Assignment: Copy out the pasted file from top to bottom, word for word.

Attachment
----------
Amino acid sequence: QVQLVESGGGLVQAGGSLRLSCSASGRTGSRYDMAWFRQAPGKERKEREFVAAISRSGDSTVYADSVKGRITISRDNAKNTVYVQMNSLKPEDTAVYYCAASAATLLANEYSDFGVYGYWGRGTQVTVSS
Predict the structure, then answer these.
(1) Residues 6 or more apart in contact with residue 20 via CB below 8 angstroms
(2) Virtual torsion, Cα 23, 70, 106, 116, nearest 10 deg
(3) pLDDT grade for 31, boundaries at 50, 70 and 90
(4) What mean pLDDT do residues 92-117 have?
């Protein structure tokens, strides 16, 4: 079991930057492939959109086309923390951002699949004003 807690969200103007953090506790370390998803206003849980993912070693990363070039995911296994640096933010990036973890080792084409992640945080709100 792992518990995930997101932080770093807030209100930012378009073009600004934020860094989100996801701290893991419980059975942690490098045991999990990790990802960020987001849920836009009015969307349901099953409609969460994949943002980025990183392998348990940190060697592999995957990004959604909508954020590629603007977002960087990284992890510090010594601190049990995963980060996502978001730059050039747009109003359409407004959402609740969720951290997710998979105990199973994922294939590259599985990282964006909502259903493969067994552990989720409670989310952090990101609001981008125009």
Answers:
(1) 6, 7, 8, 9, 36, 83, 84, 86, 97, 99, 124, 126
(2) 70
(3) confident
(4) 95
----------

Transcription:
Amino acid sequence: QVQLVESGGGLVQAGGSLRLSCSASGRTGSRYDMAWFRQAPGKERKEREFVAAISRSGDSTVYADSVKGRITISRDNAKNTVYVQMNSLKPEDTAVYYCAASAATLLANEYSDFGVYGYWGRGTQVTVSS
Predict the structure, then answer these.
(1) Residues 6 or more apart in contact with residue 20 via CB below 8 angstroms
(2) Virtual torsion, Cα 23, 70, 106, 116, nearest 10 deg
(3) pLDDT grade for 31, boundaries at 50, 70 and 90
(4) What mean pLDDT do residues 92-117 have?
């Protein structure tokens, strides 16, 4: 079991930057492939959109086309923390951002699949004003 807690969200103007953090506790370390998803206003849980993912070693990363070039995911296994640096933010990036973890080792084409992640945080709100 792992518990995930997101932080770093807030209100930012378009073009600004934020860094989100996801701290893991419980059975942690490098045991999990990790990802960020987001849920836009009015969307349901099953409609969460994949943002980025990183392998348990940190060697592999995957990004959604909508954020590629603007977002960087990284992890510090010594601190049990995963980060996502978001730059050039747009109003359409407004959402609740969720951290997710998979105990199973994922294939590259599985990282964006909502259903493969067994552990989720409670989310952090990101609001981008125009």
Answers:
(1) 6, 7, 8, 9, 36, 83, 84, 86, 97, 99, 124, 126
(2) 70
(3) confident
(4) 95